Lynparza recommended by FDA advisory committee for 1st-line maintenance treatment of germline BRCA-mutated metastatic pancreatic cancer

AstraZeneca and MSD Inc., Kenilworth, NJ, US (MSD: known as Merck & Co., Inc. inside the US and Canada) today announced that the US Food and Drug Administration (FDA) Oncologic Drugs Advisory Committee (ODAC) voted 7 to 5 to recommend Lynparza (olaparib) as a 1st-line maintenance monotherapy for patients with germline BRCA-mutated (gBRCAm) metastatic adenocarcinoma of the pancreas (pancreatic cancer), whose disease has not progressed following 1st-line platinum-based chemotherapy.

In August 2019, the FDA accepted the supplemental New Drug Application (sNDA) for Lynparza for this indication with Priority Review and set a Prescription Drug User Fee Act (PDUFA) date for the fourth quarter of 2019.

José Baselga, Executive Vice President, Oncology R&D, said: “We are pleased with the ODAC’s recommendation for Lynparza and the potential to bring a personalised, biomarker-targeted medicine to patients with germline BRCA-mutated metastatic pancreatic cancer. Patients with advanced pancreatic cancer historically have faced poor outcomes due to the aggressive nature of the disease and limited treatment advances over the last few decades. We look forward to working with the FDA as it completes the review of our application.”

Roy Baynes, Senior Vice President and Head of Global Clinical Development, Chief Medical Officer, MSD Research Laboratories, said: “We are encouraged by the ODAC’s favourable vote for Lynparza as a 1st-line maintenance therapy in germline BRCA-mutated metastatic pancreatic cancer. This recommendation is a significant step towards reaching our goal to help patients with this deadly disease.”

The sNDA submission was based on the positive results from the Phase III POLO trial published in The New England Journal of Medicine and presented at the 2019 American Society of Clinical Oncology Annual Meeting. The results showed a statistically significant and clinically meaningful improvement in progression-free survival and reduced the risk of disease progression or death by 47% based on a hazard ratio of 0.53 (p=0.0038). Lynparza nearly doubled the time patients with gBRCAm metastatic pancreatic cancer lived without disease progression or death to a median of 7.4 months vs. 3.8 months on placebo.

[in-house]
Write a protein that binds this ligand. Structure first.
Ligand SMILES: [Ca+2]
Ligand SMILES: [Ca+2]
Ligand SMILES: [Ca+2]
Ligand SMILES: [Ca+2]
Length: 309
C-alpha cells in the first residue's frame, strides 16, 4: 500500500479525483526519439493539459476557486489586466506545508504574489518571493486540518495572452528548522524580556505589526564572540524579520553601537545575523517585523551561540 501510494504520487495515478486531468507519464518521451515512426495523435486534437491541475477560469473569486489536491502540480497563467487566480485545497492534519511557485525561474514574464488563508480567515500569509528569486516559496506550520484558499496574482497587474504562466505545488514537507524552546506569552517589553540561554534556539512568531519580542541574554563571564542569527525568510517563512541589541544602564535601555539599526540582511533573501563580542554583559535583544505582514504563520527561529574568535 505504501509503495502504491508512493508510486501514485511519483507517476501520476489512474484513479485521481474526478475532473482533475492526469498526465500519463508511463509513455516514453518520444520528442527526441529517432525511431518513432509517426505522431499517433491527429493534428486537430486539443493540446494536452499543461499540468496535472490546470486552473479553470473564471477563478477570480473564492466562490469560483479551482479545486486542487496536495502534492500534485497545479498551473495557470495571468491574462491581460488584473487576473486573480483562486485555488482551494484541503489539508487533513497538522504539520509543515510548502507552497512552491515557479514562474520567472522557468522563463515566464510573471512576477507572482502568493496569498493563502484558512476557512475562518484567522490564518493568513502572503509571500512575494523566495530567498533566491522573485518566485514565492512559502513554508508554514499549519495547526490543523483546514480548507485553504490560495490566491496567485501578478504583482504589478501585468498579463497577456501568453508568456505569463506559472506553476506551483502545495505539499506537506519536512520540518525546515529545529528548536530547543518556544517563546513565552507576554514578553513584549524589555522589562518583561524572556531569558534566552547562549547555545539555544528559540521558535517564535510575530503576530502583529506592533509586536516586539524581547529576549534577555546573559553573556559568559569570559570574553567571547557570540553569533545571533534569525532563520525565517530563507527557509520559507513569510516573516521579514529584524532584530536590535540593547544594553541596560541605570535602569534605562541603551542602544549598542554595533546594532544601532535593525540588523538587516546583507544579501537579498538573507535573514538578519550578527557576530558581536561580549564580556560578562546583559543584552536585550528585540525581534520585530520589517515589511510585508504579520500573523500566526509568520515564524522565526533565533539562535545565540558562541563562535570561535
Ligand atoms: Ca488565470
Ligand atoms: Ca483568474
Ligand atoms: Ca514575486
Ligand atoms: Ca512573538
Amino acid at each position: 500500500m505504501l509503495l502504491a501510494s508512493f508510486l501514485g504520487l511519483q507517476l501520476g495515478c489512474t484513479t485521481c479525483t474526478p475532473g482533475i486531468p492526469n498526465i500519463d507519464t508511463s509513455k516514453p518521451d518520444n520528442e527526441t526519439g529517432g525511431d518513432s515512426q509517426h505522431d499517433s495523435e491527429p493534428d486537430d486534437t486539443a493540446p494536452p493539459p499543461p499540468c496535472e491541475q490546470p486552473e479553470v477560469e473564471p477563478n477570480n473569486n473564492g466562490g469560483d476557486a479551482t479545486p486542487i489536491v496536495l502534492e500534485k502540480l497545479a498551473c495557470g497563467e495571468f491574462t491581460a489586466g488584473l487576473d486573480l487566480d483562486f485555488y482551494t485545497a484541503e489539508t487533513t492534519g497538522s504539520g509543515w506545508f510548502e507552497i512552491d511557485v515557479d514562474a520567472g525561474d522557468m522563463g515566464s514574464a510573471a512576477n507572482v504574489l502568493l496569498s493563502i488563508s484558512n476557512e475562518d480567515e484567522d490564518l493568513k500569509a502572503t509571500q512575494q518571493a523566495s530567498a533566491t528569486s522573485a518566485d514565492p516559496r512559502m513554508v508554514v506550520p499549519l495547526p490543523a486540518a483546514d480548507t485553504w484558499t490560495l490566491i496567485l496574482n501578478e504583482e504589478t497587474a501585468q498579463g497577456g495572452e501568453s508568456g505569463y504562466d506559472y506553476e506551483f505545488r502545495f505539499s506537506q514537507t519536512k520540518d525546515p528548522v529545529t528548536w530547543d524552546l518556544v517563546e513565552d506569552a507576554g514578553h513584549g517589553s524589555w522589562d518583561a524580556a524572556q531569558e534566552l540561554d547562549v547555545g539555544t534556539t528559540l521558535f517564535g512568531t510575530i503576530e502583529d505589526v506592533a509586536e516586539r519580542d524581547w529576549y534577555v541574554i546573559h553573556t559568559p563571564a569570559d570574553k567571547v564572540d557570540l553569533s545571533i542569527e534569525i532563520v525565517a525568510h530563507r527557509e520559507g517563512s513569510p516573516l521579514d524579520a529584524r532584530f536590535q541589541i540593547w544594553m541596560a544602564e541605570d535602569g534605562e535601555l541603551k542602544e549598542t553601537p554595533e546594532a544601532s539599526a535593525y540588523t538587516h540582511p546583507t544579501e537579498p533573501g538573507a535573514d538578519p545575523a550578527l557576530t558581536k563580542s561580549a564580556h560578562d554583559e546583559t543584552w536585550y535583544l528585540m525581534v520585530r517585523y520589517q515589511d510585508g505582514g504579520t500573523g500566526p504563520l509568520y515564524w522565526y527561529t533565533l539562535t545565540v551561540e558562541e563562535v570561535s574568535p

The benefit of maintenance with Lynparza was seen consistently across a range of clinically meaningful endpoints. At each time point, from six months onwards, more than twice as many patients treated with Lynparza showed no disease progression vs. those on placebo. In patients with measurable disease at baseline, 23% responded to Lynparza vs.12% on placebo and had a median duration of treatment in excess of two years (24.9 months) vs 3.7 months on placebo. Overall survival (OS), a secondary endpoint, at interim analysis was 18.9 months for Lynparza vs. 18.1 months for placebo but did not reach statistical significance (HR=0.90; p=0.68). The safety and tolerability profile of Lynparza in the Phase III POLO trial was in line with that observed in prior clinical trials.

The ODAC provides the FDA with independent, expert advice and recommendations on marketed and potential new medicines for use in the treatment of cancer. The FDA will consider the vote as it reviews the submission and is not bound by the Committee’s recommendation.

In addition to the US, Lynparza is currently under regulatory review in the EU, Canada and other jurisdictions as a 1st-line maintenance treatment for patients with gBRCAm metastatic pancreatic cancer.

Pancreatic cancer is a rare, life-threatening disease that accounts for about 3% of all cancers in the US. The FDA granted Lynparza Orphan Drug Designation in October 2018, which is for medicines intended to treat, diagnose or prevent rare diseases or disorders that affect fewer than 200,000 people in the US.

Lynparza was the first PARP inhibitor to be approved and has been used in over 25,000 patients worldwide. Lynparza is currently approved in 65 countries including the US for the maintenance treatment of platinum-sensitive relapsed ovarian cancer, regardless of BRCA status. It is approved in the US, the EU, Japan and several other countries as 1st-line maintenance treatment of BRCA-mutated advanced ovarian cancer following response to platinum-based chemotherapy. It is also approved in 44 countries, including the US and Japan, for germline BRCA-mutated, HER2-negative, metastatic breast cancer, previously treated with chemotherapy; in the EU, this includes locally advanced breast cancer.



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